By customer demand I was wondering if it's possible to do a full remote wipe of Windows 10 Pro unattended through Kaseya. I looked at possibility's and come up with the command line "systemreset -factoryreset" but needs manual intervention.
According to the latest MS-Intune version it should be possible to do a remote full wipe of Windows 10.
Is there any procedure, script, powershell, vb, lua, bat, program, etc who can do the job remotely?
Thanks for the reply.
With kind regards,
You want full disk encryption instead. The concept of remotely wiping a computer while booted into an operating system presents certain technical challenges that make it almost impossible to complete unless a particular set of conditions are met.
I haven't used either of these tools in ages but would "fdisk" or "diskpart" do it?
Smason and zippo, thanks for your contribution on this subject.
It seems like a full encryption could be the next best thing to apply.
To be more specific about my question is a customer with Windows 10 Dell tablets and these to be wipe in case it gets stolen or for any other reason.
zippo The problem with dispart or fdisk is that all you would do with that is to modify or erase the partition tables, which are relatively trivial to recover from. A utility like testdisk can easily determine based on the data still on the disk exactly where the extents are *supposed* to be and get the data right back. Overall I would have to agree with SMason, that full disk encryption is your best bet.
Any attempt at "erasing" the disk, in order to really make the data unrecoverable would take a multipass overwrite of all the data, which takes a lot of time and would be easy to stop from happening if someone were really intent on gaining access to the data. If you end goal is simply to inconvenience whoever has the machine and make them have to work to get the data, there are plenty of ways to accomplish that with some simple scripts, but if you are really interested in protecting the data, the full disk encryption is the way to go.
Sorry, Jonathon. The OP asked, "I was wondering if it's possible to do a full remote wipe of Windows 10 Pro unattended through Kaseya." That's all I was attempting to answer. There was no info from the OP to suggest that he needed to meet ISO 27001 and ISO 27040 with a tamper-proof audit trail. I figured the OP simply wished to do a reinstall on a "clean" machine".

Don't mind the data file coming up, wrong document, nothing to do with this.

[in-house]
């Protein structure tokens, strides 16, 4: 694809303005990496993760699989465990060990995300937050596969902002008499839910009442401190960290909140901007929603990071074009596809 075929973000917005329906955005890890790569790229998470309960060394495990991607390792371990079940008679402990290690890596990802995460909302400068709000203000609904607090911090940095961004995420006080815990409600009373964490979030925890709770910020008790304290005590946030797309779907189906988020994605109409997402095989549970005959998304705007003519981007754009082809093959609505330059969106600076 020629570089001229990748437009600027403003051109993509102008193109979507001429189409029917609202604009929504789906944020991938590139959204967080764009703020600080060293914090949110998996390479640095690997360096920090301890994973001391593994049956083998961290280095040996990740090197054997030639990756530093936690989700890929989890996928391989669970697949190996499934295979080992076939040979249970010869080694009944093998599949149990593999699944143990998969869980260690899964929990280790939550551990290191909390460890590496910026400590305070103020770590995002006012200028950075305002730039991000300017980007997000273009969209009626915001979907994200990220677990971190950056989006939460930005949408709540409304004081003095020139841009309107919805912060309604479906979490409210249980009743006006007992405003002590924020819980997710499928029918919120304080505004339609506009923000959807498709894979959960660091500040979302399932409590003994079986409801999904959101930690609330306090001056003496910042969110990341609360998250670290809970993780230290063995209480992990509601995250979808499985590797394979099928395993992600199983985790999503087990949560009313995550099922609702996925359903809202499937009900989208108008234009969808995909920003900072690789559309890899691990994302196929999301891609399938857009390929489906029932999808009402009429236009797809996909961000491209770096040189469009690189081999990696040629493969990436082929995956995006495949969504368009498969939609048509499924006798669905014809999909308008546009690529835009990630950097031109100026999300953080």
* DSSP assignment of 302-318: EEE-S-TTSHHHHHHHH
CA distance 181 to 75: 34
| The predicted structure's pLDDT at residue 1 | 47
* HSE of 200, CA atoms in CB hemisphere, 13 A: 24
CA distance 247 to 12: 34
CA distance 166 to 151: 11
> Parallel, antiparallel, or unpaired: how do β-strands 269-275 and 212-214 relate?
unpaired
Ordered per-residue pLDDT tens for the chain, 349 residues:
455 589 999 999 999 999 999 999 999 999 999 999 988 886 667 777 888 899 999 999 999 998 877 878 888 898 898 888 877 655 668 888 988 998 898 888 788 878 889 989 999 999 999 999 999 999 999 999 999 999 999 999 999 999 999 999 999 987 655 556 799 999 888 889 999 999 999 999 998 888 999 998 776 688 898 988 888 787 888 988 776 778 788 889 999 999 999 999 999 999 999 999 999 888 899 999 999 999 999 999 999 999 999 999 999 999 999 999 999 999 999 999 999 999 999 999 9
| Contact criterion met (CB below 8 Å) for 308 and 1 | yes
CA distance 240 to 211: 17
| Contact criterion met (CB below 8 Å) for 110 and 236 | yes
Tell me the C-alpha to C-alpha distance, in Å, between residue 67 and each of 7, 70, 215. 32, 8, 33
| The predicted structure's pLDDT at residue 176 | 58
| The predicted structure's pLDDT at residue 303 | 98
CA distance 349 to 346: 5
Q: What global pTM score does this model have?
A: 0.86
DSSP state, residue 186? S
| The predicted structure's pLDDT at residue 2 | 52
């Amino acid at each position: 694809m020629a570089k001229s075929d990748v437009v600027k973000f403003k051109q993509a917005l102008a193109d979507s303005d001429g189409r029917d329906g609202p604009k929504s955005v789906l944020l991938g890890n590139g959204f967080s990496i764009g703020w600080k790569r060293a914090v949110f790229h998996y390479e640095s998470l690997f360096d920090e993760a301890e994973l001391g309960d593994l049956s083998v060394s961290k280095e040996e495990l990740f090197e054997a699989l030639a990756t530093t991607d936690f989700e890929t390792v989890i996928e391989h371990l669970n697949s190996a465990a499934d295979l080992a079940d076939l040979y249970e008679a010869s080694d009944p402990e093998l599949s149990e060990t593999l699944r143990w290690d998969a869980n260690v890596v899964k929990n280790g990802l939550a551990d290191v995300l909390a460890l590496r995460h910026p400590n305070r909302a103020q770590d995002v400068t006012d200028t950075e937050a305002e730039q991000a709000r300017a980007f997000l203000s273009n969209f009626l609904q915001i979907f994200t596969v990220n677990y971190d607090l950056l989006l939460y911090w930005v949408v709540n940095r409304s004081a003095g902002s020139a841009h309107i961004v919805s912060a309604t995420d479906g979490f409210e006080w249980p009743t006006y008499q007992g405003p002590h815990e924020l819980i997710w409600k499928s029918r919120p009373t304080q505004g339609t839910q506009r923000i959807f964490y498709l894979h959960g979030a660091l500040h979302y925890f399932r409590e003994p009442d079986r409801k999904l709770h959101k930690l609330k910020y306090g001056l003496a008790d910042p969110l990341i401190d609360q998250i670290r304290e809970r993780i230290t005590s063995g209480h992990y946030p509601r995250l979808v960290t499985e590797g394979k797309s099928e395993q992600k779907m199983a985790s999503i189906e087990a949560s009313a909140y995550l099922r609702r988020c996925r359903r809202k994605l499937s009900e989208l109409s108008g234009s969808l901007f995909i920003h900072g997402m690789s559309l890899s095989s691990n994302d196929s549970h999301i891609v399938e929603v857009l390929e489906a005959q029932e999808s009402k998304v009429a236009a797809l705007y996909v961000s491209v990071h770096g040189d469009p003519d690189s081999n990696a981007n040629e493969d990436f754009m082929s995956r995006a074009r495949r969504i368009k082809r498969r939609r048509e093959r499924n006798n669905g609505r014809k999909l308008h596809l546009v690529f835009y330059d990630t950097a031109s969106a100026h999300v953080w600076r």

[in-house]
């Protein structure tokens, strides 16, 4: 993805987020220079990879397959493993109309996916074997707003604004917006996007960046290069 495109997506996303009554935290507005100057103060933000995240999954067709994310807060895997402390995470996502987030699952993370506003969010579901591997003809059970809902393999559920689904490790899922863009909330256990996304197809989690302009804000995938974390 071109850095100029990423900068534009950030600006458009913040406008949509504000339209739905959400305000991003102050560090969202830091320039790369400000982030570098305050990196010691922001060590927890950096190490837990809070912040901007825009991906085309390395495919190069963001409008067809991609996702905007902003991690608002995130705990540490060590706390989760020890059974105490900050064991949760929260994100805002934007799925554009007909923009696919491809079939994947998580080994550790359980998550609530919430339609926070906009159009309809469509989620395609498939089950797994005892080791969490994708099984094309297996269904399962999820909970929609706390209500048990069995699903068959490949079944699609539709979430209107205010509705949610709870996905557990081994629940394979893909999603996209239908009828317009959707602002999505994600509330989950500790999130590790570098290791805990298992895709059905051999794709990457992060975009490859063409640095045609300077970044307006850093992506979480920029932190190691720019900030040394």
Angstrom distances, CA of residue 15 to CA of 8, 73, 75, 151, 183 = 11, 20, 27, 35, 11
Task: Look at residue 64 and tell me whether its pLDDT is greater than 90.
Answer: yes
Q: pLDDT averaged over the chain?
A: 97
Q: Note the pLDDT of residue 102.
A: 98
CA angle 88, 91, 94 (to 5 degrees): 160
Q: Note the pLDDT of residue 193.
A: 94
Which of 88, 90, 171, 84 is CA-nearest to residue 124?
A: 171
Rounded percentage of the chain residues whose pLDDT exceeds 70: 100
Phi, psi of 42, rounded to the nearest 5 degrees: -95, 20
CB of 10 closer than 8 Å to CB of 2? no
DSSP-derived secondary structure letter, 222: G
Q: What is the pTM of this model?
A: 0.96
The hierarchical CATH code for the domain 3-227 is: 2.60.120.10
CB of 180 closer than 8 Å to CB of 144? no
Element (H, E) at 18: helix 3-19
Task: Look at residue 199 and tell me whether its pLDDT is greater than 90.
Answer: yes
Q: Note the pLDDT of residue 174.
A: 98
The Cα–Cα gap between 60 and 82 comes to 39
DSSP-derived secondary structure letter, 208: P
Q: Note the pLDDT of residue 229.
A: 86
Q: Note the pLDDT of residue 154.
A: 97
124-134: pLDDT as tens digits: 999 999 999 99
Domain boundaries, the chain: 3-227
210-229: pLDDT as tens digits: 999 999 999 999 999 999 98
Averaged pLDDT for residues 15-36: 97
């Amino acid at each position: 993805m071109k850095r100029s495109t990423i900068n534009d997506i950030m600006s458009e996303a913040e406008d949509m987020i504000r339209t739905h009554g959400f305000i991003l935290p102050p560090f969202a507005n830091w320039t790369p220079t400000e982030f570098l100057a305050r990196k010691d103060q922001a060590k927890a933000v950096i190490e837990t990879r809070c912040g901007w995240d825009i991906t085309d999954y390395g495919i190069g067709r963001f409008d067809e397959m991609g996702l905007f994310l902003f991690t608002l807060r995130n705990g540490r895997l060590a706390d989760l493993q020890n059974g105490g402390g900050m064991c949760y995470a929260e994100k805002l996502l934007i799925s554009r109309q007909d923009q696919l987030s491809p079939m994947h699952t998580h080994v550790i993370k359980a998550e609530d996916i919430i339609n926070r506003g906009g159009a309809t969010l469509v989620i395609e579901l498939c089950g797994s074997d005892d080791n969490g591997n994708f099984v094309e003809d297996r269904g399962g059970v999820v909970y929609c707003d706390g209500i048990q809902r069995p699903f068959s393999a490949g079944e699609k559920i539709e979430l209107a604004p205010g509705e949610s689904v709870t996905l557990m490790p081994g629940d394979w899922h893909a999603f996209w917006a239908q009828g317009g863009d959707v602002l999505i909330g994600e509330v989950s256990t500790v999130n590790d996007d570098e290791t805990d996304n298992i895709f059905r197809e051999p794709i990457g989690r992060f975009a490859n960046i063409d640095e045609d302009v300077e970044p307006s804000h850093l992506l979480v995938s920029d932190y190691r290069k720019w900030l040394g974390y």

The question here is what are you trying to achieve with the remote wipe?
1) Is it for security to prevent data loss and/or prevent unauthorized remote access to your internal systems via this device?
2) To refresh the install for performance or troubleshooting purposes?
3) A combination of the two, like when you replace old assets and the old assets needs to be factory reset and securely wiped before the are sold off or returned to the leasing company?
What I would suggest is;
1) Encryption and targeted wipe by securely deleting user profiles if somehow the encryption is bypassed. They key here is to make the device unusable if stolen and to make it usable if recovered.
2) Imaging and local recovery partition on the device
3) A secure wipe and re-imaging to factory defaults, this is harder to do remotely as you need to have an audit trail.
Hi, Jonathon thanks for your input. I was thinking of a full disk encryption (bitlocker) in combination with "partdisk delete disk noerr" in a script.
Correct me if i'm wrong on this.
Zippo, thats tru. First i was only wondering if it's posible. But based on a ISO standaard is in case of some clients welcome.
HardKnoX, thanks for your input. If the goal is accomplished with a full wipe, full encryption or both through scripting/kaseya. That would be most welcome.
When i came across the command line "systemreset -factoryreset" (but needs manual intervention) and the information in InTune saying it now support "You can now perform a full remote wipe of Windows 10 desktop devices that are enrolled in Intune. Selective wipe of corporate data is already available in Intune.". Must be somthing you can do outside InTune.